By using a handheld device or larger machine which generates a powerful magnetic field, degaussing both permanently scrambles any data and renders the medium inoperative.
This technique is effective, but its drawback lies in the medium. Over time, data storage has shifted from magnetic discs to solid-state drives. These hold data in billions of microscopic electronic switches which cannot be degaussed. Data destruction in the case of SSDs can still involve erasure, formatting, and overwriting, with the same drawbacks.
The ultimate and most secure method involves not just sanitizing measures but physically destroying the medium. A given storage device is shredded, crushed, cut apart, or disintegrated into tiny fragments. Whether floppy discs or hard drives, thumb drives or SSDs, data is irretrievable if the object which held it no longer exists. The medium is lost, but a combination of outdated hardware and sensitive information means the protection is well worth the loss.
There are many benefits to data destruction. Regardless of your primary need, whether avoiding legal penalties, lost earnings, or damage to your clients’ trust, they all share the same reward: peace of mind.
Healthcare and private-sector businesses must comply with PHIPA or CPPA regulations. Depending on the nature of the sensitive material, the aftermath of a breach can range from monetary losses from corporate espionage to severe legal penalties for violating privacy laws. Proper data management processes, including destruction and certification, will protect you from these liabilities.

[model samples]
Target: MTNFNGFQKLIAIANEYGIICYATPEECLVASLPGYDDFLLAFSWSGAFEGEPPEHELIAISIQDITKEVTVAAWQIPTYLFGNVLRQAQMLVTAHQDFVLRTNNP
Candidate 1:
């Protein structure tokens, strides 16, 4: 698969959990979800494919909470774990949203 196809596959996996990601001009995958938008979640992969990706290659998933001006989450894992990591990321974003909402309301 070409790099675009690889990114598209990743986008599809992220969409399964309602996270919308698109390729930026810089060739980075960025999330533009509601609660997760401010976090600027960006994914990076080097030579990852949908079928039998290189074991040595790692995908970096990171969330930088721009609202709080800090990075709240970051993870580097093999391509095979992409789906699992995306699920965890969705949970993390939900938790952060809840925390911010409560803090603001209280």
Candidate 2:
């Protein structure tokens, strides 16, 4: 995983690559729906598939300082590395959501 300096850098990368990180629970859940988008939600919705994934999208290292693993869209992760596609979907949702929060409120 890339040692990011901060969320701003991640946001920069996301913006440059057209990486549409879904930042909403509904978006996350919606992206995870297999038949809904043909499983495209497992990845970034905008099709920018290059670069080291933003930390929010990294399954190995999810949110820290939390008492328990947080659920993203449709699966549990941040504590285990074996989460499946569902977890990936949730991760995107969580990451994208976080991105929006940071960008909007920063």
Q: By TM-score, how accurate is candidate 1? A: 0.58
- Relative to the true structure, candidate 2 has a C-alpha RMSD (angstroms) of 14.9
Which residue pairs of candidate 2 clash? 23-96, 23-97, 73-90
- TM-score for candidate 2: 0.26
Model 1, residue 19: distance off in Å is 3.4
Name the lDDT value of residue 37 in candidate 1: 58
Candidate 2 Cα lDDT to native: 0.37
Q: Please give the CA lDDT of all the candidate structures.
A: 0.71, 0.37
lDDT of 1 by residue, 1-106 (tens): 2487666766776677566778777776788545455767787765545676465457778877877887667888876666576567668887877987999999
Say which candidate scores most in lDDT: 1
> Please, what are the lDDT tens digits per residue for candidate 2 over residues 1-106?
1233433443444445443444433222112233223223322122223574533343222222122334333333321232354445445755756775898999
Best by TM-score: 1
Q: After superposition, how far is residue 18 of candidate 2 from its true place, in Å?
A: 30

Damage to a business by data theft is often hard to recover from, if at all. After a data breach, most affected companies go out of business within months. Maintaining the safety and proper disposal of data is paramount to the health and survival of your business.
Outdated or undisposed hardware not only presents security issues but also take up a surprising amount of space. A small business with a room full of old hardware or a shelf full of drives carries dead weight – and potential risk. Store your data encrypted in upgraded physical systems or a reputable cloud service, properly destroy unwanted materials, and your business functions more efficiently.
Businesses big and small make up a vast portion of the digital landscape. With those companies, come their client and customer bases and any data sets required to interact with them and address their needs. Data security is paramount to maintaining their trust and growing your business.
The importance of secure data destruction cannot be overstated, nor can the need for a legitimate service that offers accurate certification.
PC Corp can evaluate your current information technology and working with our trusted data destruction partners we can ensure your data destruction practices are effectively safeguarding your resources and reputation.
We make I.T. easy! Contact us to find out how.